“What I’m doing today is in the interest of security,” he said, in a video released by the military’s TV station. “If this steps over anyone, then I have to apologize. I insist that I will honor every side, always.”
An hour later, there was, predictably, no agreement on Thailand’s fate, the lawmaker said. The talks kept returning to a single point: how would the government go?
Former Prime Minister Abhisit Vejjajiva said the Cabinet could sacrifice for the nation and resign. Somebody else suggested that the civilian administration might just “take leave.” Others said ministers could step down one by one, or en masse.
The government officials said “they couldn’t do it, claiming they were brought to power by the people and therefore could not step down,” said Sirichoke Sopha, a former member of Parliament from the opposition Democrat Party who was present at the talks. “We pleaded for them to step back, asking them to sacrifice to save democracy, because we looked at the situation and it didn’t look good.”
Anti-government protest leader Suthep Thaugsuban then held a private meeting with rival pro-Thaksin leader Jatuporn Prompan. They spoke, accompanied by aides, for 45 minutes. Afterward, both leaders whispered with Prayuth in a corner for a brief minute.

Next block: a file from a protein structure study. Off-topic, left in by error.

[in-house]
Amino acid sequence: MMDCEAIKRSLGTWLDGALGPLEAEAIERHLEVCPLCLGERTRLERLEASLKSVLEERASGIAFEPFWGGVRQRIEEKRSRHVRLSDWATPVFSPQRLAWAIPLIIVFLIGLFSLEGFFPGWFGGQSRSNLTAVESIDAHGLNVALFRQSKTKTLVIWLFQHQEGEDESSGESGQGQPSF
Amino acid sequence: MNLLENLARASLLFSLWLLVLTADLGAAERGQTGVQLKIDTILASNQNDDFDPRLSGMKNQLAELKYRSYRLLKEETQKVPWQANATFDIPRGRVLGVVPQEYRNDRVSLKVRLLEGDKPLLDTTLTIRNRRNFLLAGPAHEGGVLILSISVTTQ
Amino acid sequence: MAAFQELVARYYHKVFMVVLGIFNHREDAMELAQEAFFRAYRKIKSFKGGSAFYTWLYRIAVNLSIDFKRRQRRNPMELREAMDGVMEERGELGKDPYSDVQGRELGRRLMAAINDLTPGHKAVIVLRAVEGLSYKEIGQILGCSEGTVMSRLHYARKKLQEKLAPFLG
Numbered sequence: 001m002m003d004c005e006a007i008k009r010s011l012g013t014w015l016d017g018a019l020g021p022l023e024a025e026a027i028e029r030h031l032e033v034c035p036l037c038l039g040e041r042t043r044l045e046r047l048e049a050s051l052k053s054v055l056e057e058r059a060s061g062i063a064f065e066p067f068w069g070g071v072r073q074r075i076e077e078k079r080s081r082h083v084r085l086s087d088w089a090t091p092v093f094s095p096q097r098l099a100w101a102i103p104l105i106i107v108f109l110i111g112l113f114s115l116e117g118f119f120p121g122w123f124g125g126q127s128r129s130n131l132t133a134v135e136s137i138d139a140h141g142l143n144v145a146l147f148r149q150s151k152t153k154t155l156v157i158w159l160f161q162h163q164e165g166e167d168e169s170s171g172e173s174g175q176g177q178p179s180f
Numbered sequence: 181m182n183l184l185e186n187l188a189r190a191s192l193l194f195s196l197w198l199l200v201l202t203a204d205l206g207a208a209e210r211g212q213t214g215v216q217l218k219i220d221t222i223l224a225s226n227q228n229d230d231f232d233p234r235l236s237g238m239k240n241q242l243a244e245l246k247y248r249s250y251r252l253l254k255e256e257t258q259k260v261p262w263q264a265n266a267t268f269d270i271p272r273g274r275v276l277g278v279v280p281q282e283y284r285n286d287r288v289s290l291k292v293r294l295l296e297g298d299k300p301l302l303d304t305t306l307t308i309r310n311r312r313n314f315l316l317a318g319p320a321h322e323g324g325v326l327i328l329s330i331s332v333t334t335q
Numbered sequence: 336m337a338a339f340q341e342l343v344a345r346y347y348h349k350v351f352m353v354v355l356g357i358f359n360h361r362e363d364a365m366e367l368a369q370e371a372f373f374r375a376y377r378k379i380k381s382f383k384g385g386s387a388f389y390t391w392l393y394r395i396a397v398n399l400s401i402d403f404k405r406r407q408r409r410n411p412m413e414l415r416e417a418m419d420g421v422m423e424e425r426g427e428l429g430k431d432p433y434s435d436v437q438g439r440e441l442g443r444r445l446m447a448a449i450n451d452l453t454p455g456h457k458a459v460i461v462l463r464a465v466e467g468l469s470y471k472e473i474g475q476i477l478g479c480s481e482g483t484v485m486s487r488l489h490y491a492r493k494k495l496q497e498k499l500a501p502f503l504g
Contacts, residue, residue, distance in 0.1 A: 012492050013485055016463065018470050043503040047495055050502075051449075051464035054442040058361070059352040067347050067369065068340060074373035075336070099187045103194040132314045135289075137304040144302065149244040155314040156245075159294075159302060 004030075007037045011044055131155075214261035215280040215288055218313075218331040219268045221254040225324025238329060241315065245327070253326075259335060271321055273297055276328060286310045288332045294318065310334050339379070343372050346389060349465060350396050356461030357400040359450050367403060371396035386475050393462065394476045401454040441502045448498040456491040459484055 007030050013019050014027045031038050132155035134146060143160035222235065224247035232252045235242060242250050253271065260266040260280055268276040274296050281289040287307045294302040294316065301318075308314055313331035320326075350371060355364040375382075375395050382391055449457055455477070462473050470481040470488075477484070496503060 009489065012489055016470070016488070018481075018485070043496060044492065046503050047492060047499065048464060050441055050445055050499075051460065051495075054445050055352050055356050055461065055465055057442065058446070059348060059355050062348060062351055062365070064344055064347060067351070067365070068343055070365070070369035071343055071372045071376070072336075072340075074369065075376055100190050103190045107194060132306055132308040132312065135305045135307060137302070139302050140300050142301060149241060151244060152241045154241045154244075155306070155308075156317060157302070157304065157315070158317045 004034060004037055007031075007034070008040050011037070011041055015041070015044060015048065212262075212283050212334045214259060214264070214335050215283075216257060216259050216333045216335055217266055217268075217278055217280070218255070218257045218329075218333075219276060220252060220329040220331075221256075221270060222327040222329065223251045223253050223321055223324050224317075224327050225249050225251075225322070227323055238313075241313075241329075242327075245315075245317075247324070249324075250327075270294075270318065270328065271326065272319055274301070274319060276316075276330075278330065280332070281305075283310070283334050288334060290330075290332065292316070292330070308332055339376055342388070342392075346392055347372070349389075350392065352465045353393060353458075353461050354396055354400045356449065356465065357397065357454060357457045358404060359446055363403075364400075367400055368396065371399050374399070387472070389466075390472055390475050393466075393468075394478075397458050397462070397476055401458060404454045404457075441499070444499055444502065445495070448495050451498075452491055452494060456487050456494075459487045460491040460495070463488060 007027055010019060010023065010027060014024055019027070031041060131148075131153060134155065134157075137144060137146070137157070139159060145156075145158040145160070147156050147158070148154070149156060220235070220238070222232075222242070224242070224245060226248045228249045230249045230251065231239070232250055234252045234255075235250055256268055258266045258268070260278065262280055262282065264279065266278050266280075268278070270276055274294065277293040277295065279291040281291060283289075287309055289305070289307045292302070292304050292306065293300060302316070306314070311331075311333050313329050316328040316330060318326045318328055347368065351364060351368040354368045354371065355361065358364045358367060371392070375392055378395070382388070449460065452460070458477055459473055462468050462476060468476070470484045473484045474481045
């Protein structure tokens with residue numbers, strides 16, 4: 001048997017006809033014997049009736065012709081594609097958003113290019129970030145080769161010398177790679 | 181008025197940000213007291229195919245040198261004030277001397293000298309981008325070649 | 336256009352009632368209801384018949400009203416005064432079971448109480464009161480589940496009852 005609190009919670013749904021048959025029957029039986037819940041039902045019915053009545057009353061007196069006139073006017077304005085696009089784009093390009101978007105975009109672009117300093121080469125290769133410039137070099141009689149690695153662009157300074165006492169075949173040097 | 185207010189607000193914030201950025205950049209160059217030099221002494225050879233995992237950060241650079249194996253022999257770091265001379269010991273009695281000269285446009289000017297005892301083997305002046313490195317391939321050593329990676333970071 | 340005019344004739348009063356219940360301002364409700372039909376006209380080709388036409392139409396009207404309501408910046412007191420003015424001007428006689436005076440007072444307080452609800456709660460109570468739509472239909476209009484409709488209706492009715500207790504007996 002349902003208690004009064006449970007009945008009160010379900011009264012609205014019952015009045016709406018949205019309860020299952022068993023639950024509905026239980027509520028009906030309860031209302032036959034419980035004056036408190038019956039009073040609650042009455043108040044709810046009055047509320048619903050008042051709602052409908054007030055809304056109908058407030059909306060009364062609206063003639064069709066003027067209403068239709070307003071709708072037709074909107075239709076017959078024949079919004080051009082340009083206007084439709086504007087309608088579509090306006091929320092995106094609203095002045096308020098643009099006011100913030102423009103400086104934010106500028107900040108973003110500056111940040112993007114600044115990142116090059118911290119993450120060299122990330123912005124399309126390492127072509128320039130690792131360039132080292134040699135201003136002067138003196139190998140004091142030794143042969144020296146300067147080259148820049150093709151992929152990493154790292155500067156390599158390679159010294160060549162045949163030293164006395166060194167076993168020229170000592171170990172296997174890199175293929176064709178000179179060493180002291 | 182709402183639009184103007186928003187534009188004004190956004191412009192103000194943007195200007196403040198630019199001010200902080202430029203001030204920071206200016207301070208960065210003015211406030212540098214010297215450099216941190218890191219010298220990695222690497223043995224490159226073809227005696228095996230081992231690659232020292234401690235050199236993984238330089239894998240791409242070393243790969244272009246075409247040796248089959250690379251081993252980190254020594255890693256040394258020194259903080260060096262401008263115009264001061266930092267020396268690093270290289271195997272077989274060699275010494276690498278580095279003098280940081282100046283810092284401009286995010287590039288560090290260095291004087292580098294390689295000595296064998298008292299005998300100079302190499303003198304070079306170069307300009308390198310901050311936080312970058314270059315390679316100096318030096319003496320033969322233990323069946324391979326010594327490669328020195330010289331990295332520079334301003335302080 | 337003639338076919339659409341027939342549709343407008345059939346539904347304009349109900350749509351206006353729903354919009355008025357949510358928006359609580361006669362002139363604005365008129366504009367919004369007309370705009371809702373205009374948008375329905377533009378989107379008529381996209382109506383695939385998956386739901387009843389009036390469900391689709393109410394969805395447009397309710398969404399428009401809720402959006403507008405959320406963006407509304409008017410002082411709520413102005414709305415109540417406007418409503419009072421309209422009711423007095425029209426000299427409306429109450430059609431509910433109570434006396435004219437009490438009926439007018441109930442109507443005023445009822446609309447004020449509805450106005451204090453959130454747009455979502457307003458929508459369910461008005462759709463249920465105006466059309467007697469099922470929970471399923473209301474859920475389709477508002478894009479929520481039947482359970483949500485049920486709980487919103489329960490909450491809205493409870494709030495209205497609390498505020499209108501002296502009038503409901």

When the meeting resumed, Prayuth asked Justice Minister Chaikasem Nitisiri if the government was still insisting it would not step down.
“We will not,” Chaikasem replied, according to the lawmaker.
Prayuth then told a representative from the Election Commission not to bother planning a vote anytime soon because it would be a “long time” before a ballot could take place. He told representatives of the Senate not to bother with trying to invoke a constitutional clause they had been pressing for to appoint an interim prime minister.
And then, Prayuth stood up and addressed the room. “Sorry. I’m taking power” from this moment on, he said calmly, according to Sirichoke.
Another lawmaker who recounted the same narrative of Thursday’s meeting, and also spoke to The Associated Press on condition of anonymity, said it was not immediately clear if Prayuth was joking.
But the commander started heading toward the door and turned back to say: “Stay here … Don’t leave this room,” before walking out and climbing inside the back of a black Mercedes Benz.
Almost immediately, soldiers poured into the room and sealed off the exits. Outside, olive-green military trucks blocked the building’s entrance, trapping everyone inside. Troops with automatic weapons drawn fanned out and took positions, waving journalists away.
Suthep, Jatuporn and their entourages were escorted out by soldiers and taken into custody, as were the four Cabinet ministers.
Half an hour later, TV stations nationwide were forced to broadcast a signal from the military.
A stern-faced Prayuth suddenly appeared, flanked by the heads of the armed forces and police, informing his countrymen that the National Peace and Order Maintaining Council was now in charge.